Asked to say whether the "two entities are equal", Dini replied: "No, I wouldn't say equal entities. There are two entities. They exist, they co- exist. There are borderlines and two different governments and that is a state of fact."

Athens and Nicosia strongly protested statements by Dini in Rome last month after a meeting with his Turkish counterpart Ismail Cem, that "there are two republics, two governments and two entities in Cyprus".

Repeated statements by both the Prime Minister of Italy, Romano Prodi and the country's foreign ministry said Dini's statements were misrepresented by the media and that Italy recognises only the Republic of Cyprus and that a Cyprus solution should be based on UN resolutions.

Only Turkey recognises the illegal regime, unilaterally set up in November 1983, and the UN itself has called on all states not to recognise the self- styled entity and "not to facilitate or in any way assist the aforesaid secessionist entity."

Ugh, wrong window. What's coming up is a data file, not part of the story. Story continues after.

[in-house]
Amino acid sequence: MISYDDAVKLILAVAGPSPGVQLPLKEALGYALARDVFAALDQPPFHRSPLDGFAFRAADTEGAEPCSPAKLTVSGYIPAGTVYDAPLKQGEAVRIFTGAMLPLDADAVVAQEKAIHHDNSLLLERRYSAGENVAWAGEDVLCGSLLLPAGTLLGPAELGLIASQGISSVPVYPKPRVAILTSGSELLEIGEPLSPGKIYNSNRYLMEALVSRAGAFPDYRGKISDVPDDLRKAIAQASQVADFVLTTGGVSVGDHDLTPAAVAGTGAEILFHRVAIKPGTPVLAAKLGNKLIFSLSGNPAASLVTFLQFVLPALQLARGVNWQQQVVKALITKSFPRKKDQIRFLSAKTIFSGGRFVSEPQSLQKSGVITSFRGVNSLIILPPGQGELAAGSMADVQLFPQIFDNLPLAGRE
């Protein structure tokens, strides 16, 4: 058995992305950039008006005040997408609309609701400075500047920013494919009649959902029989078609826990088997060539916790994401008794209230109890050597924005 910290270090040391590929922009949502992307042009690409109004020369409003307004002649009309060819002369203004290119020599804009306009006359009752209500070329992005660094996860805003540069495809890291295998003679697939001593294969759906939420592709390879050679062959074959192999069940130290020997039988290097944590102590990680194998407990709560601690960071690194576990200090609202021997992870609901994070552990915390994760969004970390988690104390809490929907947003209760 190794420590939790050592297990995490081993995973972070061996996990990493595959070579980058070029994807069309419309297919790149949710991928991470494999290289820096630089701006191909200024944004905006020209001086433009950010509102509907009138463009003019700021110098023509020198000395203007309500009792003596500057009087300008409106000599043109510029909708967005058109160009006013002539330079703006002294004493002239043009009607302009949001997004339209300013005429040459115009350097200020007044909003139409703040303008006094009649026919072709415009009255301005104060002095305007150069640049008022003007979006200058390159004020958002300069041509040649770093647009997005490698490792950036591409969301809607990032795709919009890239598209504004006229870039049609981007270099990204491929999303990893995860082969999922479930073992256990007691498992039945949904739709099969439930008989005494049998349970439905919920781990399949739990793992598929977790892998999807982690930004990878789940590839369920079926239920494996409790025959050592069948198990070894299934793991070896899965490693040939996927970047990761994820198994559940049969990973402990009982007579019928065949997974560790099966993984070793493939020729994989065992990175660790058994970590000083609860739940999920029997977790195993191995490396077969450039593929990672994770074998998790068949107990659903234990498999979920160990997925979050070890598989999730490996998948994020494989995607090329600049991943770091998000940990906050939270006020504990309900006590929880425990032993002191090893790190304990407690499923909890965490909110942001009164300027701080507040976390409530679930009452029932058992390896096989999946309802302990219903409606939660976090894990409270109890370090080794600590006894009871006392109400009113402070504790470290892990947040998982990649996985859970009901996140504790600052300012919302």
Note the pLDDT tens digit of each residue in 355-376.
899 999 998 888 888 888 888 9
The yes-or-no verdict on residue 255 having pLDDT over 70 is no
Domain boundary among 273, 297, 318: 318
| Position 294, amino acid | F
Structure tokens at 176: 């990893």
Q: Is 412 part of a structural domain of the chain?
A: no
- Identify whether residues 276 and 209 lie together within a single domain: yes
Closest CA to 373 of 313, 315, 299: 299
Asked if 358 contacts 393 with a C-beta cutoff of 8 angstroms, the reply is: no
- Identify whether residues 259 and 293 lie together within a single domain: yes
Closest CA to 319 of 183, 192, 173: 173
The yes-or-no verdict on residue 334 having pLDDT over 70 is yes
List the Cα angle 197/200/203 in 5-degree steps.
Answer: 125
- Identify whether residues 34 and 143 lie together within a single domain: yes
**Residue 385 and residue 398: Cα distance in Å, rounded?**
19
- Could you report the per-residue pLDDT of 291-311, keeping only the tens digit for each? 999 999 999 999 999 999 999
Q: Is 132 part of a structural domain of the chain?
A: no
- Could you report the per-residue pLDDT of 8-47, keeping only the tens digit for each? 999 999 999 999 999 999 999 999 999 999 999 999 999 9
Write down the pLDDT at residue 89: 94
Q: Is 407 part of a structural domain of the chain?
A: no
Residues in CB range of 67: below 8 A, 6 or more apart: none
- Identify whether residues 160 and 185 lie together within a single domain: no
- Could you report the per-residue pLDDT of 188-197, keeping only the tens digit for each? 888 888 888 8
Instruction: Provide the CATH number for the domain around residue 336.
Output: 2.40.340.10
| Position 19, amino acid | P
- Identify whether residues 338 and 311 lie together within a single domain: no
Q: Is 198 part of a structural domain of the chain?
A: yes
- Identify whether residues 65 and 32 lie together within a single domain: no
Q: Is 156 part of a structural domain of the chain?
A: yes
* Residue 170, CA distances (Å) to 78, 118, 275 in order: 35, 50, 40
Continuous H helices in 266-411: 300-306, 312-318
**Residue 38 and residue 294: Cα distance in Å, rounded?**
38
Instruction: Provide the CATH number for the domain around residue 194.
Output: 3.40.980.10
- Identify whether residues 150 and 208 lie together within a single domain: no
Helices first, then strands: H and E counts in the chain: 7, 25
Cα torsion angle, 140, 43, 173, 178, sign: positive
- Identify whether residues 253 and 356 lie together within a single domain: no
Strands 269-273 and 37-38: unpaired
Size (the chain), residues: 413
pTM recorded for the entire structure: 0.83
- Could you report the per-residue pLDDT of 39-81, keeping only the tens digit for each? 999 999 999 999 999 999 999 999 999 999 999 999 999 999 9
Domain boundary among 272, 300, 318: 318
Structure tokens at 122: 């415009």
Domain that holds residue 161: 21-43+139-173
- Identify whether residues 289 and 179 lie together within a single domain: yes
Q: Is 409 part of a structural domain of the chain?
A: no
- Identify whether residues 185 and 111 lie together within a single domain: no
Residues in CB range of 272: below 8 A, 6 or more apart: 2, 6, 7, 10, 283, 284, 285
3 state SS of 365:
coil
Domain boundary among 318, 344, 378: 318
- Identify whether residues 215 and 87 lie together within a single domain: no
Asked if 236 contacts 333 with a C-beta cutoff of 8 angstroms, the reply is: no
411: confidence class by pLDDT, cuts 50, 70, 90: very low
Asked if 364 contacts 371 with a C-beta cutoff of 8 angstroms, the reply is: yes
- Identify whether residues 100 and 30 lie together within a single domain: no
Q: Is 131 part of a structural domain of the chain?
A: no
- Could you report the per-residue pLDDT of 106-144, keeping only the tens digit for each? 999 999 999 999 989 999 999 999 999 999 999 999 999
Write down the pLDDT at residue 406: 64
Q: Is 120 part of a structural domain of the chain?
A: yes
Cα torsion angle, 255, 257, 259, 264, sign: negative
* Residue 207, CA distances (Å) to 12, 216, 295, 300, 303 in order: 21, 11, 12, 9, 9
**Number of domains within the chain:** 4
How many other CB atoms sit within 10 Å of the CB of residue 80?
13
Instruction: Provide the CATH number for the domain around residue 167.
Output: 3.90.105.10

August inflation up slightly

Greek consumer price inflation accelerated to 5.6 percent year-on-year in August from 5.4 percent the previous month, reflecting rises in energy prices, housing, fruits and dairy produce.

The National Statistics Service (NSS) said that electricity and petrol prices burdened the consumer price index by 0.07 percent and 0.8 percent respectively.

Consumer price inflation was 8.0 percent in August 1996.

NSS said it expected the inflation rate to ease in September.

Government spokesman Dimitris Reppas admitted there was a slight deviation from this year's inflation target but stressed it was a temporary phenomenon.

Greek stocks still driven by Olympics euphoria

Greek equities gained further ground on Tuesday but the pace of advance was considerably slower than in the previous session when the market surged 7.96 percent on euphoria that Athens was voted host of the 2004 Olympics.

The value of transactions, however, shot up to set a new 1997 record. Turnover was 66.1 billion drachmas.